The world's first publicly listed fertility services company plans to expand into Asia and grow at around four per cent annually over the long-term.
Virtus Health chief executive Sue Channon says four to five per cent growth is now a sustainable rate, down from around 12 per cent achieved between 2004 and 2008 when IVF was generously funded by Medicare.
"We believe around one per cent of that growth will be population growth, around one per cent will be increasing maternal age and the other two to three per cent would come from the increasing accessibility to infertility treatments," Ms Channon told ABC's Inside Business.
Virtus, which recently listed on the Australian Securities Exchange, is Australia's largest fertility services provider, representing more than one-third of IVF cycles.
Women are continuing to have children much later in life as they focus on financial security and careers.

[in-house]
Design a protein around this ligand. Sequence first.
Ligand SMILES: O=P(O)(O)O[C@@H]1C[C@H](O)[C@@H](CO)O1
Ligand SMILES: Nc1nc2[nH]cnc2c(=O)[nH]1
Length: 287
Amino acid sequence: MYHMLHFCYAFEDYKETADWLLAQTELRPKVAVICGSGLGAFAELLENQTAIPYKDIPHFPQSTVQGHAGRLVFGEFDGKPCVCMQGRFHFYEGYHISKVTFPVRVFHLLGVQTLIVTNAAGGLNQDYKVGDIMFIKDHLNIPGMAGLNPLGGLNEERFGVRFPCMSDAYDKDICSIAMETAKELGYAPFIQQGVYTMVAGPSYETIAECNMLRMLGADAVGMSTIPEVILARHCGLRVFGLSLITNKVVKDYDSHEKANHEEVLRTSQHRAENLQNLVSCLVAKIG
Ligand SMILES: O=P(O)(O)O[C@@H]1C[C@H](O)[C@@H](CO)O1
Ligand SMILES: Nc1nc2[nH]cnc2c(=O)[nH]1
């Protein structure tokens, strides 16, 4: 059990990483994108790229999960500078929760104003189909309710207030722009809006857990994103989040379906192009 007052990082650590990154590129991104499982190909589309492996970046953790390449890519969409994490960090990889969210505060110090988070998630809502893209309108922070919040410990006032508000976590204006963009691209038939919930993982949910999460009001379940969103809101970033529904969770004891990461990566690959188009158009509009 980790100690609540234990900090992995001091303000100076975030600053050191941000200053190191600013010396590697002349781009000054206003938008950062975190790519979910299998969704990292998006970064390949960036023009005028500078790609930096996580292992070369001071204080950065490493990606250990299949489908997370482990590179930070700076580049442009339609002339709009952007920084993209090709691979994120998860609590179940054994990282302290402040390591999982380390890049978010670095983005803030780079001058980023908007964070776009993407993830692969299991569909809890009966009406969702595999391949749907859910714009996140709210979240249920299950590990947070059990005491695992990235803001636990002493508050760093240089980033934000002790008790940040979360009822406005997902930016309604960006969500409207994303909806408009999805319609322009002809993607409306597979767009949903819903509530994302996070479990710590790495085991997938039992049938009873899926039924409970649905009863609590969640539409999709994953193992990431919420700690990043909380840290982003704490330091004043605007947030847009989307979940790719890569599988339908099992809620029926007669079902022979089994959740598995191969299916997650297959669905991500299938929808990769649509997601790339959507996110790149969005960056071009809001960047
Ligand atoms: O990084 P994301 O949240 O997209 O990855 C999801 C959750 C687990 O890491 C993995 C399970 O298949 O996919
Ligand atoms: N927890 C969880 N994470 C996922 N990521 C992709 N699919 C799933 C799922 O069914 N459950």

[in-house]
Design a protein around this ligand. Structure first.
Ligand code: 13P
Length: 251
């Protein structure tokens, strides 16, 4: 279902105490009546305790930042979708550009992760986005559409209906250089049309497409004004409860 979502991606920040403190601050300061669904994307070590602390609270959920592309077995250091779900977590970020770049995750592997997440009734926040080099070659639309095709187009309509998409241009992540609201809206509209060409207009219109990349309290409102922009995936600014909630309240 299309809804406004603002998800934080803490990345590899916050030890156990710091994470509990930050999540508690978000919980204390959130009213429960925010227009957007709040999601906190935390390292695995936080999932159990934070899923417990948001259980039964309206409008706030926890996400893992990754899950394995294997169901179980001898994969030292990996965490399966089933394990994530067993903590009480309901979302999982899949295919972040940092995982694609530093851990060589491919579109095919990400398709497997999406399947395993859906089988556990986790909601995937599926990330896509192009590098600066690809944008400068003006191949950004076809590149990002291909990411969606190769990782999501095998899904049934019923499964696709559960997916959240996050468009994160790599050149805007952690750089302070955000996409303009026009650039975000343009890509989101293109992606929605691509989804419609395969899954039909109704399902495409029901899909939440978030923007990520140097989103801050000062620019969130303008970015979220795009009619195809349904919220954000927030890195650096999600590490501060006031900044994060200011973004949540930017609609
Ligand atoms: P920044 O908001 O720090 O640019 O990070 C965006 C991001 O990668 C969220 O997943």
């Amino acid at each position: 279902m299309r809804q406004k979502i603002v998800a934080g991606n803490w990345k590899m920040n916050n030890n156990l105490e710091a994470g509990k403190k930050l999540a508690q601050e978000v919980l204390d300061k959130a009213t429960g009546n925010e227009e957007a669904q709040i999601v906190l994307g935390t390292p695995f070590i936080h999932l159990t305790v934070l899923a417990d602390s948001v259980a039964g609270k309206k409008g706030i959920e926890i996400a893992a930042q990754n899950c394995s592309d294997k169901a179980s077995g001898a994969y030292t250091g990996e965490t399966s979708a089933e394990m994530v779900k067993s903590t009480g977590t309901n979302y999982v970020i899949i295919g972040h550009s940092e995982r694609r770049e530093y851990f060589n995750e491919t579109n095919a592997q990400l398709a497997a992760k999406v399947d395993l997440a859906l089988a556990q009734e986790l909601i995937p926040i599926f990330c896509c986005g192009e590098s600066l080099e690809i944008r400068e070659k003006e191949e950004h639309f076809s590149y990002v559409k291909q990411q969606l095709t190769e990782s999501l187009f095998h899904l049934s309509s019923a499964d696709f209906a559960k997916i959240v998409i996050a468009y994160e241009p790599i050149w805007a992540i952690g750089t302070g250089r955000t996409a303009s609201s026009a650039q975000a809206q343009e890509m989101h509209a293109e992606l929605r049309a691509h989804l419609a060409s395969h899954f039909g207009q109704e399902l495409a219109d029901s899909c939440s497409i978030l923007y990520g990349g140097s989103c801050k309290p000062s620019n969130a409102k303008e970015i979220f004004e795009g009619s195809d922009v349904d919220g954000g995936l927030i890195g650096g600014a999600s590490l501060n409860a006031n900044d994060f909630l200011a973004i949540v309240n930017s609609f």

"Many just don't meet their partner," Ms Channon said.
She said the company's growth would come from the introduction of a low cost model and expanding into New Zealand and Asia.
"That is part of our growth strategy," she said.
"We'd like to look at opportunities to partner with other centres in Australia where we currently don't operate."
Virtus has appointed an international business development director in Singapore to look at opportunities in China and India.
The company, which carried out 14,000 IVF cycles last year, provides a standard cycle for just under $10,000 while an advanced diagnostics cycle can cost up to $15,000.
It now plans to offer cheaper alternatives which it says will leave the patient $700 to $1,200 out of pocket.
Roughly 39 per cent of patients are left out of pocket, around 13 per cent are covered by private health insurance and just under half are covered by government funding.
Virtus shares closed three cents, or 0.5 per cent, higher at $6.28 on Friday.
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